Don't Sacrifice Universities on Deficit-Reduction Altar

By Axworthy, Lloyd | Winnipeg Free Press, April 1, 2013 | Go to article overview

Don't Sacrifice Universities on Deficit-Reduction Altar


Axworthy, Lloyd, Winnipeg Free Press


Because we live in a knowledge-based economy, the need for a well-educated and flexible generation of employees, entrepreneurs, community builders and leaders is critically important to the future health of Manitoba. The data is conclusive: a university degree is the surest path to prosperity. Jobs for university graduates have grown twice as fast as those for college graduates since 2008. Governments are presently focused on closing the skills gap in Canada, but employers are saying they need more university graduates with critical thinking and transferable skills. This is not about universities or colleges: Canada needs to fund both to be effective.

Yet precisely when we most need increased investment in post-secondary education, we see the opposite happening. Thirty years ago, Canada was a leader among Organization of Economic Co-operation and Development countries in university attainment rates. Now Canada ranks 15th of 34 countries. While others are growing and investing in their university system, in Canada government support has dropped nearly 50 per cent since 1978, when average support was more than $20,000 per student. By 2012, per student funding was $10,900.

When we measure university participation for youth, we find that Canada slips to 21st place. Here again, Canada is falling behind a wide array of nations including the United States, Australia, the United Kingdom, and Korea.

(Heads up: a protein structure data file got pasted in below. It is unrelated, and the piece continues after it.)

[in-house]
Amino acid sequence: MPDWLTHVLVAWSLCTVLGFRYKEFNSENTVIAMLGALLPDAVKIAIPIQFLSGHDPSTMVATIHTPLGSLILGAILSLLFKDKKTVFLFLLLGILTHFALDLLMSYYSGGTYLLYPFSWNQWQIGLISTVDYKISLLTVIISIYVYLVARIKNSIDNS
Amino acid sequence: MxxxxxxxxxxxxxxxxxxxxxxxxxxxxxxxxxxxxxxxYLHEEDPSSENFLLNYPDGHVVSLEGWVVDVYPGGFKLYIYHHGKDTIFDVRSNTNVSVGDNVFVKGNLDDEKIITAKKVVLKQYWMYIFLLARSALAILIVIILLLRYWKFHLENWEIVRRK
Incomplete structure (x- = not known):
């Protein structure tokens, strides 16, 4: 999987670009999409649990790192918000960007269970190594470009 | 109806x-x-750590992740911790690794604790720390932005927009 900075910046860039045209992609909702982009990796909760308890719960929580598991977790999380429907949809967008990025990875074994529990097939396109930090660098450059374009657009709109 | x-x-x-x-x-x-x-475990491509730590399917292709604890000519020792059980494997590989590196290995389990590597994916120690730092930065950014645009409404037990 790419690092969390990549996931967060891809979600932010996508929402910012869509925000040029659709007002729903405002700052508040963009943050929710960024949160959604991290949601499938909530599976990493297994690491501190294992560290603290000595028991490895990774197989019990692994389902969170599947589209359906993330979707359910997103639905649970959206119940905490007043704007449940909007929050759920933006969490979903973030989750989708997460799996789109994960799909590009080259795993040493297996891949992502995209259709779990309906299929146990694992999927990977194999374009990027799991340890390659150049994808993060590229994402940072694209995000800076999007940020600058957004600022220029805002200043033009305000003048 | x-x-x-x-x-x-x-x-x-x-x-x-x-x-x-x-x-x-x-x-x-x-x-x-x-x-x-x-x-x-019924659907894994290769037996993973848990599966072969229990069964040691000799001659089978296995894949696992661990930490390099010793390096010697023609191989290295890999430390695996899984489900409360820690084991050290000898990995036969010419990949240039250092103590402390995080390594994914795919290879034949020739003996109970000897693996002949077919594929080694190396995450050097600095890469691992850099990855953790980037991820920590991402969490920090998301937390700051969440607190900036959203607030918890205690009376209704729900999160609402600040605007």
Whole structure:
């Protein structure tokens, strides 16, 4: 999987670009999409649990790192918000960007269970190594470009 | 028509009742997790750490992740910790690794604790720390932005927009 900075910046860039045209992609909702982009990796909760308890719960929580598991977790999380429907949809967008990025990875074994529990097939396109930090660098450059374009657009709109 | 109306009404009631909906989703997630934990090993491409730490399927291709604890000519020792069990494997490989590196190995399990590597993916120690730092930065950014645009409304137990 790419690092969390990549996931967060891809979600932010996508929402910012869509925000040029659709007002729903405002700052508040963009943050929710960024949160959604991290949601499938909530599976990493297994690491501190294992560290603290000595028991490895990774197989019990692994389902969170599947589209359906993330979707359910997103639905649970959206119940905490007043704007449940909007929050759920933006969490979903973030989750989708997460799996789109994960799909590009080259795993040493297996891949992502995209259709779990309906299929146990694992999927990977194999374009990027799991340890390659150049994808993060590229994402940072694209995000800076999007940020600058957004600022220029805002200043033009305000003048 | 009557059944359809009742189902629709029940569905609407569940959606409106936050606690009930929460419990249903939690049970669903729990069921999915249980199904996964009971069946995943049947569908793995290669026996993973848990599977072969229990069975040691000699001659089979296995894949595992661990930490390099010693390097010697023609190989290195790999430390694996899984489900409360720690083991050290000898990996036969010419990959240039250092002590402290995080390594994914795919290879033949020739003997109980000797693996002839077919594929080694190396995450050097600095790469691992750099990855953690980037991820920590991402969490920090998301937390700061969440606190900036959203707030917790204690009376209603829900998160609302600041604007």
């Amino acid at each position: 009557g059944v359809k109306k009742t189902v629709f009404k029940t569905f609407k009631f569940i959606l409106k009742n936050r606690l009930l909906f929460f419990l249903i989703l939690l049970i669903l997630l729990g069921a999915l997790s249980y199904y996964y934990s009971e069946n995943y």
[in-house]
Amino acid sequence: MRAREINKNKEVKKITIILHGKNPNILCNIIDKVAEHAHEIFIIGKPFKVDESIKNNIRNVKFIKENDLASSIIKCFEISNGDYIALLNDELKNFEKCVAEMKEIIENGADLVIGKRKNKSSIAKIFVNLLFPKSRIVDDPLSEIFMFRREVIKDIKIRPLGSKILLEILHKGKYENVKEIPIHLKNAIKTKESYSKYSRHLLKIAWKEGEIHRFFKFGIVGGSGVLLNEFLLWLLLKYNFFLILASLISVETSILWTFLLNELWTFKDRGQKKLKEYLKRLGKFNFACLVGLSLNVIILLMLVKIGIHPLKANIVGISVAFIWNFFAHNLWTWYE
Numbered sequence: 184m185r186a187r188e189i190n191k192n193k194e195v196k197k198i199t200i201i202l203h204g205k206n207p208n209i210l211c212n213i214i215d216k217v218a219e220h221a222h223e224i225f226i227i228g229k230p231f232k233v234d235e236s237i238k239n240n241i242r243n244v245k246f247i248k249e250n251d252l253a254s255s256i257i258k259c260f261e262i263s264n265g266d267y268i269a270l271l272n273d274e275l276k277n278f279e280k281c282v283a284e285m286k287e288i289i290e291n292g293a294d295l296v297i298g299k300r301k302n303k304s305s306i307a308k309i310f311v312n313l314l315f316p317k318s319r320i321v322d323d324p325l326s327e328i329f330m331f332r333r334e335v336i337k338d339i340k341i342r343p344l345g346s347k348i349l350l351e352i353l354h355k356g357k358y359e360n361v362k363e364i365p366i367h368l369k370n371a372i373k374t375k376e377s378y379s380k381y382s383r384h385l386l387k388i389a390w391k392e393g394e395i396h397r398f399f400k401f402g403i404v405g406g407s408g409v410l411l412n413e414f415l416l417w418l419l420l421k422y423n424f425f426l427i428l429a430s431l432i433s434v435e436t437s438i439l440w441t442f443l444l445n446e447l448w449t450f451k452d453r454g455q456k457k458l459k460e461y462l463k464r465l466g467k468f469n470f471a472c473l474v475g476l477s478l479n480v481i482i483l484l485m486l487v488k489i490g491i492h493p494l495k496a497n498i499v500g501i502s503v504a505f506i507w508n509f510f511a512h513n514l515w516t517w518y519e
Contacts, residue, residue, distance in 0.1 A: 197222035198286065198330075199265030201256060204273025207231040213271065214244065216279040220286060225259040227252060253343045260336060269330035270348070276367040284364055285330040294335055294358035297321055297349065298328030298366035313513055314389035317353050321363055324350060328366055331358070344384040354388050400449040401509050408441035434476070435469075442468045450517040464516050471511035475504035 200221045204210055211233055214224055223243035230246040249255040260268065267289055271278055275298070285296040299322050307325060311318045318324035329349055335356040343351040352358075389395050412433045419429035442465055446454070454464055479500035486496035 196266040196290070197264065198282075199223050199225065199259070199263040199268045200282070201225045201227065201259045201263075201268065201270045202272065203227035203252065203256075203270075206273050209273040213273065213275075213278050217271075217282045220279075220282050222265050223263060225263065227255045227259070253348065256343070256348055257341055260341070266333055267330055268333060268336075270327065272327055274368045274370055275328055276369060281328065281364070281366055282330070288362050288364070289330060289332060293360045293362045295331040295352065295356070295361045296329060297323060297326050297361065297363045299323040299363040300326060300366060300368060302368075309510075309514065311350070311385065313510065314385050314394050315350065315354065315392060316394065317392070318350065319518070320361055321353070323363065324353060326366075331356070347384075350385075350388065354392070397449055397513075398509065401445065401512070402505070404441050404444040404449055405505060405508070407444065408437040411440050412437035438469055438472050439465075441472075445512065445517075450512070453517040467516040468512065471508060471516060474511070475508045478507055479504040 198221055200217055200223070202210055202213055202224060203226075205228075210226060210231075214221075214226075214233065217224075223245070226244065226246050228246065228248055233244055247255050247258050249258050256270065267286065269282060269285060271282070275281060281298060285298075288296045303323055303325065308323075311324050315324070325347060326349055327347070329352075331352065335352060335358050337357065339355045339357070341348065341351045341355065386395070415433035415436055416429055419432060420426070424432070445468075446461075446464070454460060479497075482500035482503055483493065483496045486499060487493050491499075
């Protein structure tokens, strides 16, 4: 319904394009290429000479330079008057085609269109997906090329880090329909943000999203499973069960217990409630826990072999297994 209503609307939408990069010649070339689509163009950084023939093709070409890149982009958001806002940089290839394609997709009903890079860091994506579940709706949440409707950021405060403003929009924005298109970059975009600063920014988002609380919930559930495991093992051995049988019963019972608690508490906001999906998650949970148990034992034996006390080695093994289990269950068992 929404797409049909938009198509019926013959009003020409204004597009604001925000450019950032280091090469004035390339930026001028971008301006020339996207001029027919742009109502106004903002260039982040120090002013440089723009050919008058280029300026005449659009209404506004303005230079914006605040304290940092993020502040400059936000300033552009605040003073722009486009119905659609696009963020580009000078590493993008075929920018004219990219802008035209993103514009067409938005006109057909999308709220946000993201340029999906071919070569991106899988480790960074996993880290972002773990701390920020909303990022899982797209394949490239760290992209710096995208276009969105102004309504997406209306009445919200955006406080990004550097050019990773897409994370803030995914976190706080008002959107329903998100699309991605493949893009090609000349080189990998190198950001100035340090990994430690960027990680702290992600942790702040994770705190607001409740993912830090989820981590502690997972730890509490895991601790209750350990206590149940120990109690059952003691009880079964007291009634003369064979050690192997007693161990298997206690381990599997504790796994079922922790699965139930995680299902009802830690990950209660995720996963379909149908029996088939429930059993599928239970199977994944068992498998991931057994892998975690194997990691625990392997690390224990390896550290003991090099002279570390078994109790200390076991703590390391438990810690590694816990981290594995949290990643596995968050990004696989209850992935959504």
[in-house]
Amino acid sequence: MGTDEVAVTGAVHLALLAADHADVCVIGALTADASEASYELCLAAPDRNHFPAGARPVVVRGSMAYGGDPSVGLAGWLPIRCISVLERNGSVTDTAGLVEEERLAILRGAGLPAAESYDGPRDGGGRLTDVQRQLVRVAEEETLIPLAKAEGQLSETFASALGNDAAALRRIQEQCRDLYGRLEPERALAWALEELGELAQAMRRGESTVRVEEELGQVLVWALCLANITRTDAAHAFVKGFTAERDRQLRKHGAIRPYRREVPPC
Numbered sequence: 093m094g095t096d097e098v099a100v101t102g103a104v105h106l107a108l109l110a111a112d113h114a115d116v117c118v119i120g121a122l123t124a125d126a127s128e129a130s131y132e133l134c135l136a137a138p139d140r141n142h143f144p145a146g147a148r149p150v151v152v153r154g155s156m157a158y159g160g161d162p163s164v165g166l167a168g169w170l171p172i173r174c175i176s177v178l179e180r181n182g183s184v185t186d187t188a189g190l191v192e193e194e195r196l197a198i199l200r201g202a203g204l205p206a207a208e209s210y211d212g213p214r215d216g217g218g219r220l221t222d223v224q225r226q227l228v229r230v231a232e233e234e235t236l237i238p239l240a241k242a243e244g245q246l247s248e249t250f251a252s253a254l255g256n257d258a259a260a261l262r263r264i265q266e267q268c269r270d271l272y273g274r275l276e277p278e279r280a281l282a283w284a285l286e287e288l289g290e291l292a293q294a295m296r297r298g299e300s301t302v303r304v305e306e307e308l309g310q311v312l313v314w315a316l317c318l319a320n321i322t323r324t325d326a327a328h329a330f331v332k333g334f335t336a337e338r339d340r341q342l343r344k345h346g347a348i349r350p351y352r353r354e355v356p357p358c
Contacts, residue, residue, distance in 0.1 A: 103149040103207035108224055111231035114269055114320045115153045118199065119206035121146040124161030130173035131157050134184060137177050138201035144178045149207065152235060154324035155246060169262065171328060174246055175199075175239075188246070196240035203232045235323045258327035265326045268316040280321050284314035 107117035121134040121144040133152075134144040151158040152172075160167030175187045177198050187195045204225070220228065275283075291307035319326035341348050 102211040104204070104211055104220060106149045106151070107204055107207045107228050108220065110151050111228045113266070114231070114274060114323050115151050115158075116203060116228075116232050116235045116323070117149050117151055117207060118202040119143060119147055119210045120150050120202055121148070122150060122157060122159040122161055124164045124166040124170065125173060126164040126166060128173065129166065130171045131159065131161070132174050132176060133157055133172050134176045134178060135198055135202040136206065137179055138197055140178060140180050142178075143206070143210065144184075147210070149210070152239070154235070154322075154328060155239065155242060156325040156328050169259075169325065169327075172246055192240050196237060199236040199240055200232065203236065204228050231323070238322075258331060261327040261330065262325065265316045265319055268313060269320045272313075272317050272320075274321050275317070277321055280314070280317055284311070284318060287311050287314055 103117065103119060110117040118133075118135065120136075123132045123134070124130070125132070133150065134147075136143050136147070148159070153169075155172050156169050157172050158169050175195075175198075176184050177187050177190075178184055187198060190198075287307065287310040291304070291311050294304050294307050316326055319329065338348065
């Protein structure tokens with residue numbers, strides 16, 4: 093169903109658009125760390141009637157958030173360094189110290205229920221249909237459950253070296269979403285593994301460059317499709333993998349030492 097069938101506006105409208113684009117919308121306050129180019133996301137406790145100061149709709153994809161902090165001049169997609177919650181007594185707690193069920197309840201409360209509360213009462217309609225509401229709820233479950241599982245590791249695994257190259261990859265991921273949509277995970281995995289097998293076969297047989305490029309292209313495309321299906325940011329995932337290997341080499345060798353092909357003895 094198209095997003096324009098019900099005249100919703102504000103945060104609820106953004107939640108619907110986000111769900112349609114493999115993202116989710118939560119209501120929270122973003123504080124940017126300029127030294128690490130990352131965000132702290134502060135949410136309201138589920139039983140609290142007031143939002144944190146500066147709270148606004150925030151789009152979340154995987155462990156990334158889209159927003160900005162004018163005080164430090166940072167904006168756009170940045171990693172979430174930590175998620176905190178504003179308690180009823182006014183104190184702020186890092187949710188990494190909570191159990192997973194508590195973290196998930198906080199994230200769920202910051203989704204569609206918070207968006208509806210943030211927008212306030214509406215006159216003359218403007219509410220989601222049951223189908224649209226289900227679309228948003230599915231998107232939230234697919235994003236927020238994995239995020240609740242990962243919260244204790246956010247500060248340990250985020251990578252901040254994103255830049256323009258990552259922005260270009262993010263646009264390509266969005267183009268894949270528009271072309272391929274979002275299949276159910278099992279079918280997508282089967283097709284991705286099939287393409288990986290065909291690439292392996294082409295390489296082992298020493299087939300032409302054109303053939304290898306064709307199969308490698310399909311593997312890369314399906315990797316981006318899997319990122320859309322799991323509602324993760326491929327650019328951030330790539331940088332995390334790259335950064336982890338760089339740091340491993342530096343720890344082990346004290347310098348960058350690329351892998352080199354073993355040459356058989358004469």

As we prepare to hear details of the provincial budget on April 16, we need to remember that our mission has also changed substantively in the last decade. At the University of Winnipeg, enrolment is no longer solely about 18-year-olds following in their parents' footsteps. We have created strong community outreach and support programs that encourage non-traditional students so they may achieve personal and economic success, including adult learners, war-affected youth, First Nations, Metis and Inuit students and new immigrants. These supports, under a banner called Community Learning, are possible only because of generous private donors and assertive fundraising. It is these non-traditional learners who are the future of this city and province. That is a demographic certainty and they need our support. Our community outreach is effective. …

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